We switched between sunning ourselves on the couches and sunning ourselves in the pool for the afternoon. At happy hour from 4-6pm, cocktails were half-priced and individual pizzas were served to us. We felt…. rich. It was a 180 from the life of “less” we’d all been living in hostels to suddenly indulge in a life of luxury. But that evening we resumed our backpacker lives…
We raced back to the hostel for a quick shower and all met downstairs before heading out to the now infamous Sky Garden in Kuta. Kuta is dirty, busy, dangerous, crawling with drunk Australians and the best spot for a cheap, wild night out. We each paid 100,000 rupiah (about $8) for an all-you-can-eat buffet and drinks. We ate tacos (it was Mexican night) and drank Bintang until it was time to head into the labyrinth of rooms, each pumping different varieties of house music. As you can imagine, it solidified some relationships – both friendly and romantic.
The next day, after dragging ourselves out of the amazingly cold, dark, impossibly cozy beds of Capsule Hostel, we opted for another afternoon at the beach. That evening, before adventuring down to Uluwatu to catch the sunset from Single Fin, we grabbed some cheap eats from a warung just down the street from the hostel. For less than $2, a woman will pile rice, noodles, beans, corn and potato fritters, fish, chicken, spicy peanut sauce – anything you can imagine – into a stiff piece of paper that she wraps up as your carry out box. And it’s taaaaasty.
Uluwatu is about an hour drive from Seminyak, but driving sixty minutes to watch a sunset is not something that’s out of the question when you have nothing but time and Ubers are dirt cheap. Our driver didn’t have GPS and we weren’t exactly sure where we were going, so our drive to Single Fin was a bit interesting, winding us up and down dirt paths that I would only call “roads” if I were being really generous. “The woodsy way” as my grandmother would call it. We arrived just in time to miss the sunset, but didn’t feel so defeated about it since everyone said it was too cloudy to see.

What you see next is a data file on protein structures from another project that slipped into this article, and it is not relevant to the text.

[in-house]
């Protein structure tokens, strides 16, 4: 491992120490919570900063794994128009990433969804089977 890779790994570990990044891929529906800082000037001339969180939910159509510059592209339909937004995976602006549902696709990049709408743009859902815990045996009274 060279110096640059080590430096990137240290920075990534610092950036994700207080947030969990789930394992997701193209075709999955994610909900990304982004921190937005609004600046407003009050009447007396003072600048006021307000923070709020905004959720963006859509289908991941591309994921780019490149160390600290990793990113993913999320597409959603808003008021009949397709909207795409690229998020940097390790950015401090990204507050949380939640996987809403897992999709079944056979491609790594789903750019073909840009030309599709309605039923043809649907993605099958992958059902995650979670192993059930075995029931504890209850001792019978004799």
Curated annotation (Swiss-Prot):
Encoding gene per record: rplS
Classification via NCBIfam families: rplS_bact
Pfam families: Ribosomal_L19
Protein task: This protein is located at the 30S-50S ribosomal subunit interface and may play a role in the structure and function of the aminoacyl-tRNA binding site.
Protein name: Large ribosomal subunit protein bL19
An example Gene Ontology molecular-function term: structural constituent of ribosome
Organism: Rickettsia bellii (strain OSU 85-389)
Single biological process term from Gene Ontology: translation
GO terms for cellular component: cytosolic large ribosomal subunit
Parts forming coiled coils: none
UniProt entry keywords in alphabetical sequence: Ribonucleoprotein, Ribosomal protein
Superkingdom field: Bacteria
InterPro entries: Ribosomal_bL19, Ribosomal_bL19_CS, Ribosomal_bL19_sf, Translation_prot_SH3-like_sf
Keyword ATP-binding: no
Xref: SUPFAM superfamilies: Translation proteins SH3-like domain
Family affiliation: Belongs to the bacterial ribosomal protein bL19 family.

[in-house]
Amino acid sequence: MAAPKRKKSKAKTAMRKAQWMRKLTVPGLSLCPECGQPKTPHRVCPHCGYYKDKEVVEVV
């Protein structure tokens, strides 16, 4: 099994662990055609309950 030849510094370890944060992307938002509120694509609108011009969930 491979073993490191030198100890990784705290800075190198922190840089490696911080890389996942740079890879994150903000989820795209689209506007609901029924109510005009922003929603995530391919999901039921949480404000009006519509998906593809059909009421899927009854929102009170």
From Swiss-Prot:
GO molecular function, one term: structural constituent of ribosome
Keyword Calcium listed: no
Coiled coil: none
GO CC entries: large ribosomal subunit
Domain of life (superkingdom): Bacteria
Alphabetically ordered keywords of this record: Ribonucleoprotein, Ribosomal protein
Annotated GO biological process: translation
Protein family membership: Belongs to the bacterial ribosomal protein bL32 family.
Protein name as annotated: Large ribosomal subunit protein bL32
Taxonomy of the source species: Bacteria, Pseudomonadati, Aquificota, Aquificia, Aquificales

We sat around the bar for a bit, but the real action happens at Single Fin on Sundays, so we headed off to the hostel were Patrick, Erwin and Rose had just checked in down the road. After some drinking games that ended in Rose and I being tossed in the pool, it was time to go home since everyone was going their separate ways the next day (Patrick, Erwin and Rose already in Uluwatu, 17 home to Holland, Vince to Gili T, and Rachel, Izzy and I to Ubud). The only problem? No Ubers and no cabs. Luckily the owner of the hostel graciously agreed to drive us home to Seminyak (for 250,000 rupiah). So we climbed into his car, me looking ridiculous (but happily carefree) in a borrowed, oversized T shirt with my soaking wet dress in hand. I was finally starting to appreciate Bali for what it was instead of cursing it for not being exactly as I had imagined…
Pro tip: whenever possible get an Uber in Bali (unless of course you’re savvy enough to drive a scooter in the heinous traffic, which I am not). Ubers are waaaaay cheaper than taxis, much more reliable and are generally nicer/larger vehicles. Some areas of the island have banned Ubers (like Ubud), but they’re everywhere in the southern part. For instance, me and three friends shared an Uber from Seminyak to Ubud (about 1.5 to 2 hours away, depending on traffic) and it was 130,000 rupiah. That’s less than $10. Divided by four. WINNING!